Did you know that there were about 500,000 more Democratic votes in House races than Republican votes? The only reason that the House remains in Republican hands is the gerrymandering that followed the 2010 Republican wave. The House, Senate, and Presidency remain divided, but not because this is the will of the people.

    As for taxes, taxes are at the lowest level in at least 50 years. As I recall, the 1950's and 1960's were times of tremendous economic growth that many look back on with wistful nostalgia. At that time, the top income tax rate was 70-90%. I certainly don't advocate returning to that, but it is ridiculous to claim that those who have succeeded to the greatest extent in America don't owe more to their country.

    Obama should just let the sequester kick in, and then have a new round of negotiations with the new Congress in January. Perhaps he will be able to deal with a more rational group then. I don't think that the lack of rational thinking (and ability to do arithmetic) that was evidenced by the right's inability to comprehend polls is limited to polling. It extends to economic matters too.

  • one old man Ogden, UT
    Nov. 10, 2012 7:45 a.m.

    Yes, yes and YES!

    But will Boehner and McConnell and the rest of the GOP do it?

  • Makid Kearns, UT
    Nov. 10, 2012 7:41 a.m.

    What needs to happen is defense spending needs to drop by 50% back to what it was in 2002. Then tax rates need to go back up to what they were in 2002.

    Obama had stated in the summer of 2011 that he would agree to cuts in Medicare, Social Security and other "Entitlement Programs" only if Republicans would agree to a 1% tax increase for those making more than $250K a year. Republican leadership were for it until the rank and file found out about the increase and boom, totally against it.

    The current Republican plan is revenue neutral. That doesn't help decrease the deficit at all.

    If taxes return to the level they were when Clinton left office, military spending returned to a level when Clinton left office and we enact some "Entitlement Cuts" the deficit would shrink each year.

    When Clinton left office, the deficit was decreasing. Each year of the Obama presidency, spending has dropped. His first budget had a deficit of 1.8 Trillion. This included the Trillion dollar stimulus. Of which only $200 Billion was spending, the remaining $800 Billion was tax cuts. But remember Republican ads, this failed. Tax cuts failed...

  • 1conservative WEST VALLEY CITY, UT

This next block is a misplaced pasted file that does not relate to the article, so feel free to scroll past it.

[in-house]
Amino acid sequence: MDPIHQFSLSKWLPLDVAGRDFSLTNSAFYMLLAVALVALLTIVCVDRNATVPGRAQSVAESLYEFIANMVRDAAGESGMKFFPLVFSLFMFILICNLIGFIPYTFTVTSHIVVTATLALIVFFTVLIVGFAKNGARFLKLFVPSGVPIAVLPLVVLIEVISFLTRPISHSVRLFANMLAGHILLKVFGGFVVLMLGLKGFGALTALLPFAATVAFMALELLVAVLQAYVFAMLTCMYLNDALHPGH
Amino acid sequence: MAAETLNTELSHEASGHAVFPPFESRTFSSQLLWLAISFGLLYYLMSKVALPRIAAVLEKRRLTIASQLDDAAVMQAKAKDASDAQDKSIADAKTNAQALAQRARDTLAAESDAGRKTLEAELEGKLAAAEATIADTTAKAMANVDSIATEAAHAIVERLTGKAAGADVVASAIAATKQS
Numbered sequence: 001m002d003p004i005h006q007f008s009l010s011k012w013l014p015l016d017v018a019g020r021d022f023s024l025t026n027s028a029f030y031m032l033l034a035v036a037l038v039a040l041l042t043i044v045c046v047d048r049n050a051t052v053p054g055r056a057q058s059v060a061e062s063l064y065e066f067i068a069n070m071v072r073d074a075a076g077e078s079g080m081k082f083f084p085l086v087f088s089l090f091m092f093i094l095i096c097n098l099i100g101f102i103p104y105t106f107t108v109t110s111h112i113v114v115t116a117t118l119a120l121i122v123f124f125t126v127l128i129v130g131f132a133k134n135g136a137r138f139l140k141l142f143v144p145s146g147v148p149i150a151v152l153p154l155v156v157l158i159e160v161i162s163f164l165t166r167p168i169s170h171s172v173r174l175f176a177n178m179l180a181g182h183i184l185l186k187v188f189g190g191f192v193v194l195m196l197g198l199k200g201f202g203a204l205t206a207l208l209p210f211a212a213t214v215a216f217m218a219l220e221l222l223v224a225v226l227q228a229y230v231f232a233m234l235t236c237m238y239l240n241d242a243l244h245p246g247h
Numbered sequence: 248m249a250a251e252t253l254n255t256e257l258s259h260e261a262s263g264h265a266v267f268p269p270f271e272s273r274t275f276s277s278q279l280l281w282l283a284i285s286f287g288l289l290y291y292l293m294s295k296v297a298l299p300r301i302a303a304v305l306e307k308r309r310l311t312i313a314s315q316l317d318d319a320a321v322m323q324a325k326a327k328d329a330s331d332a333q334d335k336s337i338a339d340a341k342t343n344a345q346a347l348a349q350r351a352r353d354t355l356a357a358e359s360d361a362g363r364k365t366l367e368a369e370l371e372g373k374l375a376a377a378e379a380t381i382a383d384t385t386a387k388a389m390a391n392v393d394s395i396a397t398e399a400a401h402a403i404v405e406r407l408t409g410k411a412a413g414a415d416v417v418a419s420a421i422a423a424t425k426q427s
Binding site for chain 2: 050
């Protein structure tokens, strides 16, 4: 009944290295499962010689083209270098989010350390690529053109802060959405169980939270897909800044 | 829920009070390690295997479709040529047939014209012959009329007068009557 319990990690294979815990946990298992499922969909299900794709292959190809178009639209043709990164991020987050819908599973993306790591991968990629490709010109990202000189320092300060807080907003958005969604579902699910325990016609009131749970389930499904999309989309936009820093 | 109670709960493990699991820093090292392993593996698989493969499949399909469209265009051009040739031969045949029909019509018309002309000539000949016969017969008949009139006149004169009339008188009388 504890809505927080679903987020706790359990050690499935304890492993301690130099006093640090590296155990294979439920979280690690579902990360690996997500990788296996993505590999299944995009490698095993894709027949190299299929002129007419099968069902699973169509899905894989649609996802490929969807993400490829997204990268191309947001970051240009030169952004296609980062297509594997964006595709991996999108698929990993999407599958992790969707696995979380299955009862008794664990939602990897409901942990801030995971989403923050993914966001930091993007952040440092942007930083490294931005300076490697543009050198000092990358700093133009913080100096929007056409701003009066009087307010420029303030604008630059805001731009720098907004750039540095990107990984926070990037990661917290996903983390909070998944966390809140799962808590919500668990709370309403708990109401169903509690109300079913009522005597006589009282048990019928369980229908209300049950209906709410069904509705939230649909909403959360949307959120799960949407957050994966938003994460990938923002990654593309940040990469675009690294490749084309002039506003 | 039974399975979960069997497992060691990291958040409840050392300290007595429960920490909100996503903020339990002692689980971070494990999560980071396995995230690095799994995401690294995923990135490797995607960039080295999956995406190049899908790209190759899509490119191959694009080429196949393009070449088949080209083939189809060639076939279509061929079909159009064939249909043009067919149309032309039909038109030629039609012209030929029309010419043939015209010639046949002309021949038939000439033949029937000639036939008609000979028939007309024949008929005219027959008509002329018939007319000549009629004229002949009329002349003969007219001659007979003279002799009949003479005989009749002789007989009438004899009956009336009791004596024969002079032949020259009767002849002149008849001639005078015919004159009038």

Nov. 10, 2012 7:40 a.m.

    I'm inclined to think the Congress should give Obama anything/everything he wants in regards to taxes and budget.

    Let him tax the millionaires all he wants, except if he can't FIND the millionaires because they've left the country, don't be too surprised.

    When consumers wind up paying $20.00 for a loaf of bread - will it be the fault of Fox news, or George Bush?

    I'm afraid consumers are going to have to actually see the results of government trying to spend its way out of debt before they understand.

  • EJM Herriman, UT
    Nov. 10, 2012 7:14 a.m.

    Never thought I would say this but maybe we need to "jump off the cliff". We have become a society that is so self-entitled and has lost understanding what "wants versus needs" means that we need a wake up call. When people who have IPhones want to know if certain activities are covered under fee waivers at our schools then we need a wake up call. When our politicians, the same ones who go home and proclaim that the cause of our nation's problems is always the other guy yet they themselves were the ones casting votes in Congress we need a wake up call. When our country is split down the middle with the popular vote but our President claims he has a mandate, and our Speaker of the House says "no tax increases" then we need a wake up call. So bring on the cliff and hope our parachutes save us.

  • procuradorfiscal Tooele, UT
    Nov. 10, 2012 12:27 a.m.

    Re: ". . . time to compromise . . . ."

    No, it's not.

    Now that they've won the elections, it's time for action by liberals that actually has a chance of helping the economy recover from 80 years of their deranged politics.

    Soaking the rich has NO chance of helping the economy. It's nothing more than liberal revenge directed at a powerless minority they hope to fleece to buy the votes they need to stay in power. A way for liberals to play Santa Claus to the rubes with other people's money.

    Deep, deep cuts to deranged government overspending on useless, even harmful social programs is the only policy that has, even the slightest chance of helping the economy.

    Of course, liberals have proven time and time again, they have no real intent to help the American economy.

  • spring street SALT LAKE CITY, UT
    Nov. 10, 2012 12:19 a.m.

    what part of the election are these people not getting? why do we hire these people? the voters spoke clearly there must be a balanced approach that includes increases in revenue and a reduction in the budget.

  • Mike Richards South Jordan, Utah
    Nov. 10, 2012 12:17 a.m.

    Let's look at the numbers. Republicans lost nine House seats, meaning that their number decreased by 3.8% compared to 2010. It also means that they have 35.5% more control than they had in 2008. Obama lost 14% of his following since 2008. There is no reason for Obama or any other Democrat to demand anything. If Obama wants change, he had better lead the way with concessions.